Christian Collberg and Todd A. Proebsting published an interesting piece in Communications of the ACM, “Repeatability in Computer Systems Research”.
They are concerned with computer research that reports new ideas and techniques, supposedly demonstrate by the results of software created as part of the research. Can other investigators confirm the results, not to mention extend or improve them? Without access to the source code, it is impossible to even repeat the results, let alone confirm they are valid.
The problem is, of course, that the source code underlying published papers is not routinely available.
Their paper recounts their exploration of whether source code really can be obtained, and if so, is the code usable (i.e., does it build).
The reader will not be surprised that for most cases, source is difficult to find, often does not compile easily, even with help from the authors. Probing the situation, they document a number of barriers that are scarcely surprising to anyone doing research.
Sometimes the code in question simply isn’t designed to hand out. Given that researchers, especially academic researchers, are not funded to do software development, it is difficult to expect them to produce useable code, even if they might want to, and even if they know how to do so. Funding is eleven tenths of the law in the academy.
Sometimes the code is proprietary or depends on proprietary code, an so cannot be made pubic. Other times the code simply depends on an obscure and possibly poorly understood software configuration. Software is extremely complex, and the boundaries of “the system” may resemble a fractal, with dependencies upon dependencies, to the point that it is hard to know where the edge lies. (E.g., code might depend on a library that runs only on Linux. Which versions of the library and Linux might it work with? Who knows?)
Furthermore, software ages very fast. Whatever was running when the paper was written has surely evolved, as has the development team. The time to obsolescence can be months—which is shorter than the review cycle for many conferences.
It’s a mess.
Collberg and Proebsting are pragmatic. They would like to see authors at least state whether code is available and expected to work. They would also like to shift some funding into reproducibility engineering. I wish them luck on that one.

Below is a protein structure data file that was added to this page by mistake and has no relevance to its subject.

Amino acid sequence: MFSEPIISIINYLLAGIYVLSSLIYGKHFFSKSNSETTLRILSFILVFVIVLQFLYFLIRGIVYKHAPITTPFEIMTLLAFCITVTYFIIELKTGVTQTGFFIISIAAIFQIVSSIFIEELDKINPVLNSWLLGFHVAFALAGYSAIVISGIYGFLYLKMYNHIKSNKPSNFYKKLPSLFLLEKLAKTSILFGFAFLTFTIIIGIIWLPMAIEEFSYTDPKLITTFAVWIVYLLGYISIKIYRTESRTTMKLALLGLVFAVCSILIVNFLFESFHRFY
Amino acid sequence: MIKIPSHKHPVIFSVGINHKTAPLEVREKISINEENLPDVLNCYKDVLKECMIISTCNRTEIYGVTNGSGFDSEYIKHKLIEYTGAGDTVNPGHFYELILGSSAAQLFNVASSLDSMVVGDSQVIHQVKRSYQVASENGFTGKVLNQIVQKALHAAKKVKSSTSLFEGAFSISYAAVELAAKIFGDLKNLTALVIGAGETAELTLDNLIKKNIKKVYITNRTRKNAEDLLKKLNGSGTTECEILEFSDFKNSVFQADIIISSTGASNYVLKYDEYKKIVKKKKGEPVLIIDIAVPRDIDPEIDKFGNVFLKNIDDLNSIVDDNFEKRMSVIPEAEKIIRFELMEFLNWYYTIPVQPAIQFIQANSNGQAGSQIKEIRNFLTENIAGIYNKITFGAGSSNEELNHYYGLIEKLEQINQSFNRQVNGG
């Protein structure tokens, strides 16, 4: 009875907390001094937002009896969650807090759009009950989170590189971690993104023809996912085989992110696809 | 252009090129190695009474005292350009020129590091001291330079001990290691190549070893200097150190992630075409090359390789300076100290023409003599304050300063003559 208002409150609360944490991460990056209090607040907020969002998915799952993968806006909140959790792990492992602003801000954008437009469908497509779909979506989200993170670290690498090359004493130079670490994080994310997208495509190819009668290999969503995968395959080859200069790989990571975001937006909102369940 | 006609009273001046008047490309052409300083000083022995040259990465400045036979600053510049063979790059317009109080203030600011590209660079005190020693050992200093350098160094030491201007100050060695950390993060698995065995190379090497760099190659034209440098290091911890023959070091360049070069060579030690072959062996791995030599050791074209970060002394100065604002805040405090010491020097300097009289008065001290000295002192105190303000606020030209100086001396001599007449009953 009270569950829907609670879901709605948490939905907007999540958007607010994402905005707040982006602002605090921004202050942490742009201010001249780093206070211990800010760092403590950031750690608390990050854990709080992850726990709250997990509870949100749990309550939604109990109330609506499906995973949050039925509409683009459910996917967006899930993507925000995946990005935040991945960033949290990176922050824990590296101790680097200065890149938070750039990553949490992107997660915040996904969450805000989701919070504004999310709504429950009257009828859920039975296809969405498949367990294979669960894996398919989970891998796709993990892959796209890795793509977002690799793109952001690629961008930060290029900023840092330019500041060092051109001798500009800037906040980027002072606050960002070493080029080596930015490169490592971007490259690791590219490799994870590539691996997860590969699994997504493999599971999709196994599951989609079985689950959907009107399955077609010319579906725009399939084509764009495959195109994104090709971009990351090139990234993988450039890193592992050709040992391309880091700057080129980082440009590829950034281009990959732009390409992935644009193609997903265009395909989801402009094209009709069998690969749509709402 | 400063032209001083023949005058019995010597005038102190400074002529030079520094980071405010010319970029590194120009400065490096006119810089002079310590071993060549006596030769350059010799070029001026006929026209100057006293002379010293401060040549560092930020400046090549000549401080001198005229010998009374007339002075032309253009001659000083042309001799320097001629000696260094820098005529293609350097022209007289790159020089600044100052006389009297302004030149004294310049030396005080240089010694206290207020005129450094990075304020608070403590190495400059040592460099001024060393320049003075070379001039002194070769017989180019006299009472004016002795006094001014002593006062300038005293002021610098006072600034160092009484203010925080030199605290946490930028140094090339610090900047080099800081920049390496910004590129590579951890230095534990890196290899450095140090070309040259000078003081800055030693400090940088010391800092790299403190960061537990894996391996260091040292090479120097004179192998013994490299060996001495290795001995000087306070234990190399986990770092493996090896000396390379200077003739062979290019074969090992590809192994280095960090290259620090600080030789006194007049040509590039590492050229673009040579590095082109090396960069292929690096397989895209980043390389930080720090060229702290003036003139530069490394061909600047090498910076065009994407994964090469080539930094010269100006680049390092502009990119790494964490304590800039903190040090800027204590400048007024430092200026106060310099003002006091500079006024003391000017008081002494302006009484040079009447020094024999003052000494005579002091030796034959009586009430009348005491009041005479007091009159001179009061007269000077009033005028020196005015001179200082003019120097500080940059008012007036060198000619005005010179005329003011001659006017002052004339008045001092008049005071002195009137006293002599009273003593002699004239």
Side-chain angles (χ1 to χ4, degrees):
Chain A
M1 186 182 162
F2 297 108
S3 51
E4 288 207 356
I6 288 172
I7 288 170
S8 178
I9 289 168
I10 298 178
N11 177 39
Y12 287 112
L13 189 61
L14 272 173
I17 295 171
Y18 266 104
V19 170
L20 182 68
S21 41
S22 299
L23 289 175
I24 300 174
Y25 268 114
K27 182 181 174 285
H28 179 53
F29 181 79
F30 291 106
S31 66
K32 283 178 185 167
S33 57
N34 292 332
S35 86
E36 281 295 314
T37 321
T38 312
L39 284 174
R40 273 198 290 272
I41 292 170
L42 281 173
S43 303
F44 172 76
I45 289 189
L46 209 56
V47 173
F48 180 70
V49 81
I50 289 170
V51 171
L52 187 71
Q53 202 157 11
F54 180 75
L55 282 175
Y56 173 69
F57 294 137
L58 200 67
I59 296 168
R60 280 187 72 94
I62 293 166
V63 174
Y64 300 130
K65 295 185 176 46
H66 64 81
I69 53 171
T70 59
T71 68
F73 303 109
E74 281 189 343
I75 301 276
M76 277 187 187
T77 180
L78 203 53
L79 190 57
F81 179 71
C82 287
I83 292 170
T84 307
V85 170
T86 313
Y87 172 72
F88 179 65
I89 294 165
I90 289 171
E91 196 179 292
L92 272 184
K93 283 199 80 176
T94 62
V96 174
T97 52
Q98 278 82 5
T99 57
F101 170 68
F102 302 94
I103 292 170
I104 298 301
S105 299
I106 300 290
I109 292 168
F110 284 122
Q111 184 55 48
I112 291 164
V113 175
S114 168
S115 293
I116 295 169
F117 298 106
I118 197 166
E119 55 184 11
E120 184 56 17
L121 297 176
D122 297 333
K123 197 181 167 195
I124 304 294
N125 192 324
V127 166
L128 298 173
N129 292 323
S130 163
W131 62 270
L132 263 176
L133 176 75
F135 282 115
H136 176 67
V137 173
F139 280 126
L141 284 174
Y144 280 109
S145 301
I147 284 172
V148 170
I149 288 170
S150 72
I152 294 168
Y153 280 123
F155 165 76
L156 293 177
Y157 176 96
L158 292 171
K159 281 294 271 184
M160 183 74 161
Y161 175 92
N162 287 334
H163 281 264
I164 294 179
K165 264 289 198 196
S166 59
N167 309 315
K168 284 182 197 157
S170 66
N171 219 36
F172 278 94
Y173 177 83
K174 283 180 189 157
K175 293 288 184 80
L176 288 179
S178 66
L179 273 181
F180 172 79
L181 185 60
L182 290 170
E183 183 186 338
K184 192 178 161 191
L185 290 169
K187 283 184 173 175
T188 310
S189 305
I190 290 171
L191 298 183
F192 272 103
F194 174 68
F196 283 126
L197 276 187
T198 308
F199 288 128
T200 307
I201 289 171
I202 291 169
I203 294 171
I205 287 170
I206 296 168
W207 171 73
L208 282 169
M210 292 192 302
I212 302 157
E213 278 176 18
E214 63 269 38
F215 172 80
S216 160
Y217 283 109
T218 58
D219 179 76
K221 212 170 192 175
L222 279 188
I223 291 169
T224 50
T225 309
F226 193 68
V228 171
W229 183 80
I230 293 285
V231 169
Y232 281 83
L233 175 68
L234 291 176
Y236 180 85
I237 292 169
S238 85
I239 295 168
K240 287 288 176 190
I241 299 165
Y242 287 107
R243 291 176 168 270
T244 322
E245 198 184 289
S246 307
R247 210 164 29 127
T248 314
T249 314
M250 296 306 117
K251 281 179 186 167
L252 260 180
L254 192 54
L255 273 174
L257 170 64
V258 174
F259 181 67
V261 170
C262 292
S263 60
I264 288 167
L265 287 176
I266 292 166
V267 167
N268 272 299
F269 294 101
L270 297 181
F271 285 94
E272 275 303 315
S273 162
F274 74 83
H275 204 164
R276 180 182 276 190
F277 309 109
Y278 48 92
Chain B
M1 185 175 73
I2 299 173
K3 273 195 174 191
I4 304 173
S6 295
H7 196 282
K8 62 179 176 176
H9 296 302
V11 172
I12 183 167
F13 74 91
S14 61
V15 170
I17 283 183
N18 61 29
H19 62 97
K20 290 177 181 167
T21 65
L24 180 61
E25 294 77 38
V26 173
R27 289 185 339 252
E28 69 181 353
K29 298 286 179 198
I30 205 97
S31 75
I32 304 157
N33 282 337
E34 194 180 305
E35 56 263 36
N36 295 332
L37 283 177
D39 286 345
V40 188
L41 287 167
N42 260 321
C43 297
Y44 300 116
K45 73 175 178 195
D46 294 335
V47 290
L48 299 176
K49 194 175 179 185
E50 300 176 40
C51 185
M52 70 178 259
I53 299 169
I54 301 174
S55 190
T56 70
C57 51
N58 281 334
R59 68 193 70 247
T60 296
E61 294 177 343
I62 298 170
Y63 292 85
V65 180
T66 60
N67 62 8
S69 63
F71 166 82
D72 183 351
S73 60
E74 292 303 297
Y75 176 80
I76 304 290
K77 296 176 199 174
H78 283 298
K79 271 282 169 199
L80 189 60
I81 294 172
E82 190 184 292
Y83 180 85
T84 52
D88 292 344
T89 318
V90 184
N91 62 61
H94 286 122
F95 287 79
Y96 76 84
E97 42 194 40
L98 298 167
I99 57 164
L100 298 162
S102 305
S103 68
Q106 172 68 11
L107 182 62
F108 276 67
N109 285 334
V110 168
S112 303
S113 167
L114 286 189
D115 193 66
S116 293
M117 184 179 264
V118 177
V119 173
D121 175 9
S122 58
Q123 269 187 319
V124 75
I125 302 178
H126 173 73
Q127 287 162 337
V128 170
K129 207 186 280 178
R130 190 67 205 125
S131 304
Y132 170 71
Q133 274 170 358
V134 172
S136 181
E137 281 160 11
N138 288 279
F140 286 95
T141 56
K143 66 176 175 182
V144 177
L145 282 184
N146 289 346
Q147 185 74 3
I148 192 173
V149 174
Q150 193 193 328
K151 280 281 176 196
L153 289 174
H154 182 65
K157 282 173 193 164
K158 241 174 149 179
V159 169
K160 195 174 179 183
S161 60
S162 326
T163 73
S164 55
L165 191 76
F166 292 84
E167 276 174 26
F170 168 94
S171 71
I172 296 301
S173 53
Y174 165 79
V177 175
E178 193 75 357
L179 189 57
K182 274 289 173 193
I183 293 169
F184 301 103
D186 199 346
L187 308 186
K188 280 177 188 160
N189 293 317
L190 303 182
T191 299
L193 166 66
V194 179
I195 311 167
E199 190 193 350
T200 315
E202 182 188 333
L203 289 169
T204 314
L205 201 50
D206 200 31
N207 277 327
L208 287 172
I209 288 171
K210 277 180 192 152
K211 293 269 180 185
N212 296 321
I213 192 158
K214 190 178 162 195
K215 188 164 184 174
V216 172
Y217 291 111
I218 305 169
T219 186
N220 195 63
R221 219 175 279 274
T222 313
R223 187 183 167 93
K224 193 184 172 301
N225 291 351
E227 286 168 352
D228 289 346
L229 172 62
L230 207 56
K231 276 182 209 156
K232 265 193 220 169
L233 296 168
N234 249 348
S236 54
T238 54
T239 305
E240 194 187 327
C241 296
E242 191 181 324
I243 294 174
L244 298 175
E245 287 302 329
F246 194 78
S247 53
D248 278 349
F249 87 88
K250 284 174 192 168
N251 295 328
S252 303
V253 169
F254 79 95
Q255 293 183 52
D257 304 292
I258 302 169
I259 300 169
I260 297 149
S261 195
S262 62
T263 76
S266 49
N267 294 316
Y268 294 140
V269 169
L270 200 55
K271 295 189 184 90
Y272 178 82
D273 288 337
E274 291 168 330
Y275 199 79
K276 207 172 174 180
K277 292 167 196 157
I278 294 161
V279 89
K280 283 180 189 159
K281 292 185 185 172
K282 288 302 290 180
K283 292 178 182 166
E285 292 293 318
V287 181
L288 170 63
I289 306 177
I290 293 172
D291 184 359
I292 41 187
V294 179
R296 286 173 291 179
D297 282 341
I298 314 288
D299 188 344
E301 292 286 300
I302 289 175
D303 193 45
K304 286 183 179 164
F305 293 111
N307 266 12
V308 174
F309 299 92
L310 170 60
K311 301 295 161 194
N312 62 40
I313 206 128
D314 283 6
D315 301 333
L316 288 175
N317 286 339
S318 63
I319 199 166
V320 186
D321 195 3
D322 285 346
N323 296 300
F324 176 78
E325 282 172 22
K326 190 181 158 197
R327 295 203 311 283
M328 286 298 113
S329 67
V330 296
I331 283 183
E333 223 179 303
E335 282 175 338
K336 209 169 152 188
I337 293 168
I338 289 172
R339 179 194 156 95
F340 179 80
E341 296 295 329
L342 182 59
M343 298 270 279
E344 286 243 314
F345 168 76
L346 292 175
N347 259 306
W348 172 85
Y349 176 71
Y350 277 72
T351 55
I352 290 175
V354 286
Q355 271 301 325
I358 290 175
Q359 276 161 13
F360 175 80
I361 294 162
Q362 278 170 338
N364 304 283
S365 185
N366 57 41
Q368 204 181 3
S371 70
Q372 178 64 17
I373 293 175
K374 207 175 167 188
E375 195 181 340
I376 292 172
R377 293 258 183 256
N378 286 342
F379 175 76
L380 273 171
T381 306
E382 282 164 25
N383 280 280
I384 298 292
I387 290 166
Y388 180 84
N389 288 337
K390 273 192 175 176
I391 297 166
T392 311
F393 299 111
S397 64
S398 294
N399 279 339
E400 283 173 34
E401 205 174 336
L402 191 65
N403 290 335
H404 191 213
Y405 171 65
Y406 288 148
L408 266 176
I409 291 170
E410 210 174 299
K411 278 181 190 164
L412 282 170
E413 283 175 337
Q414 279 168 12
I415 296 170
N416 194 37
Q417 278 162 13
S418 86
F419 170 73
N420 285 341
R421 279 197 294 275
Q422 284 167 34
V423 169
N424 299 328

This is a topic I’ve been aware of and concerned about for quite a while. I have personally seen pretty much all the cases they discuss: licensing issues (this is a minefield), lack of resources (and skills) to produce usable software, turn over in personnel and technology, and just plain lack of motivation. I have personally been in the position where even I, the author, could no longer replicate the software I wrote about a few months earlier.
Software is hard to do, software research is hard to do, and researchers are generally not in a position to publish code.
This is an issue not just for computer science: vast amounts of research has a significant software component, even outside science and engineering. Business, agriculture, social science, and even humanities studies now may include significant data manipulation and simulations. If professional software researchers have difficulty making their software replicable, how will “English majors” fare?
I’ll add one more note: code is scarcely the only “irreproducible” result coming out of computers these days. Various kinds of big data and crowd sourced research is based on one time samples, or on the undocumented contributions of millions of individuals or individual signals.
For example, in a study such as Galloway et al. , who used data selected “[w]ith the help of over 80,000 volunteers providing over 16 million classifications of over 300,000 galaxies”, it isn’t possible to describe how the results were achieved very precisely, let alone independently replicate them.
Software in enabling new and exciting research, but it is certainly “disrupting” conventional notions of reproducibility.
- Collberg, Christian and Todd A. Proebsting, Repeatability in computer systems research. Commun. ACM, 59 (3):62-69, 2016.
- Galloway, Melanie A., Kyle W. Willett, Lucy F. Fortson, Carolin N. Cardamone, Kevin Schawinski, Edmond Cheung, Chris J. Lintott, Karen L. Masters, Thomas Melvin, and Brooke D. Simmons, Galaxy Zoo: the effect of bar-driven fuelling on the presence of an active galactic nucleus in disc galaxies. Monthly Notices of the Royal Astronomical Society, 448 (4):3442-3454, April 21, 2015 2015. http://mnras.oxfordjournals.org/content/448/4/3442.abstract http://arxiv.org/abs/1502.01033